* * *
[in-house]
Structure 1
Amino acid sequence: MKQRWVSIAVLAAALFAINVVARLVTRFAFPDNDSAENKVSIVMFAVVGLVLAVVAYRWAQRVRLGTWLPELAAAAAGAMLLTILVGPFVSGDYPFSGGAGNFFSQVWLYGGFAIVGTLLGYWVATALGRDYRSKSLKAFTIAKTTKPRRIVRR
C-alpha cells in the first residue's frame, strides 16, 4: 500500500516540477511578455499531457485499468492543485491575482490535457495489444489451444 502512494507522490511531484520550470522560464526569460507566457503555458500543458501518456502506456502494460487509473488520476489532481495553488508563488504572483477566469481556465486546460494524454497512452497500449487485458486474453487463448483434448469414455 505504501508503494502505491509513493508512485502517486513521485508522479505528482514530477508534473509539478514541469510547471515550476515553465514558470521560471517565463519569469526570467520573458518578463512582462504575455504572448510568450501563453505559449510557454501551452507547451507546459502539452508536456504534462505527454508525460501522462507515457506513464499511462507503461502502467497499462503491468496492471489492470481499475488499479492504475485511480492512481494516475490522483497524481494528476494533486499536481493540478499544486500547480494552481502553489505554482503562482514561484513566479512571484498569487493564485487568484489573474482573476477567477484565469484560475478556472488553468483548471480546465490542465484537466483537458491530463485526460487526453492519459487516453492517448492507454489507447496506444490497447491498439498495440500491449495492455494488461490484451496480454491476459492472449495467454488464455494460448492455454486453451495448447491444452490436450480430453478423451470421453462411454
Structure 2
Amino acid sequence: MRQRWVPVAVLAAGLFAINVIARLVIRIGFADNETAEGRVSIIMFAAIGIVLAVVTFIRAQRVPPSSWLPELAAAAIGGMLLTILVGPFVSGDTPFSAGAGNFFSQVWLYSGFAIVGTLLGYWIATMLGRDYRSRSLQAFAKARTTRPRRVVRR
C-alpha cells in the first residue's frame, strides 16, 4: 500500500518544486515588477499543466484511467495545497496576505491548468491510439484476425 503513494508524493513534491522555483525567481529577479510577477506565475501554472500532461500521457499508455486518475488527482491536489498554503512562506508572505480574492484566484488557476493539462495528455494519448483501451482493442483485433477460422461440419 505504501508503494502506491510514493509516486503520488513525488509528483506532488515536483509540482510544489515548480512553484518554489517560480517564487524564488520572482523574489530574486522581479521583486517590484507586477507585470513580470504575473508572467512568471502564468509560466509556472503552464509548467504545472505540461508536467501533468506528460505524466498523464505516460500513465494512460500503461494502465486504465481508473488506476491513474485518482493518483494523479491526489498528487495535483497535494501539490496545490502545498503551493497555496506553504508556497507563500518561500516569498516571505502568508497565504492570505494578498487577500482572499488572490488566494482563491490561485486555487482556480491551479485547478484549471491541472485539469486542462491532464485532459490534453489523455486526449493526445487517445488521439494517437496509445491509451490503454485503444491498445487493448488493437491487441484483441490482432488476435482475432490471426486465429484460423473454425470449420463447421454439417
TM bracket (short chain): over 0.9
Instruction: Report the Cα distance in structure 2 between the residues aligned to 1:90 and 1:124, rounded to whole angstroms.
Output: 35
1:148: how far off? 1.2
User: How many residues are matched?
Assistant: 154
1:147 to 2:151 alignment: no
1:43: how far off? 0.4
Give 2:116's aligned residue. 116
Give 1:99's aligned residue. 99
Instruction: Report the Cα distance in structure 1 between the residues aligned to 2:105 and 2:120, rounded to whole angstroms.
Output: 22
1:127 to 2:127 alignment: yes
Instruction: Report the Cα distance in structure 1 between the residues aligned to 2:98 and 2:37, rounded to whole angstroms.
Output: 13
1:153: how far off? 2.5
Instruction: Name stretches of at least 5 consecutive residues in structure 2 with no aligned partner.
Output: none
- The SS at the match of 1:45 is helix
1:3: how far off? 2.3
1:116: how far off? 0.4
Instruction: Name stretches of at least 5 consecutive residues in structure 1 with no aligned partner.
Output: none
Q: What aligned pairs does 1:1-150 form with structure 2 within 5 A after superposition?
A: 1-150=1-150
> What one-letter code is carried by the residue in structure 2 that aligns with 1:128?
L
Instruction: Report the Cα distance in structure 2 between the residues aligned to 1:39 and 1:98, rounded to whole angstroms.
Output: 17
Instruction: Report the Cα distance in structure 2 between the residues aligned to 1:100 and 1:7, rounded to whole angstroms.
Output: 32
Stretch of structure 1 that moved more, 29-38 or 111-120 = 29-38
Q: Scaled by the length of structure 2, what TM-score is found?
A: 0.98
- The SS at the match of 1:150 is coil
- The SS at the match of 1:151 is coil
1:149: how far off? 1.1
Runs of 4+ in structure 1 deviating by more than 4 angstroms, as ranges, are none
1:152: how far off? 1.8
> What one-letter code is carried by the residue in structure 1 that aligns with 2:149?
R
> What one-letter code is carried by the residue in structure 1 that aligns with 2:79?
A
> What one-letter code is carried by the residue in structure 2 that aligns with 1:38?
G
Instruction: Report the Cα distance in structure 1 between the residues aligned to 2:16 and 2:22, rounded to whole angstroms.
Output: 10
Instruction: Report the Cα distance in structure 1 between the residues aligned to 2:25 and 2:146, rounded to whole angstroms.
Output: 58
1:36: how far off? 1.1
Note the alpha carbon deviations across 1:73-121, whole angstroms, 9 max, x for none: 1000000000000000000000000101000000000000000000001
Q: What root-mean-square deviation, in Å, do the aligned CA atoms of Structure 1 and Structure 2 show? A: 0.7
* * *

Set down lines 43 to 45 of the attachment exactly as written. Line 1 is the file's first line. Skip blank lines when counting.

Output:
- The SS at the match of 1:151 is coil
1:149: how far off? 1.1
Runs of 4+ in structure 1 deviating by more than 4 angstroms, as ranges, are none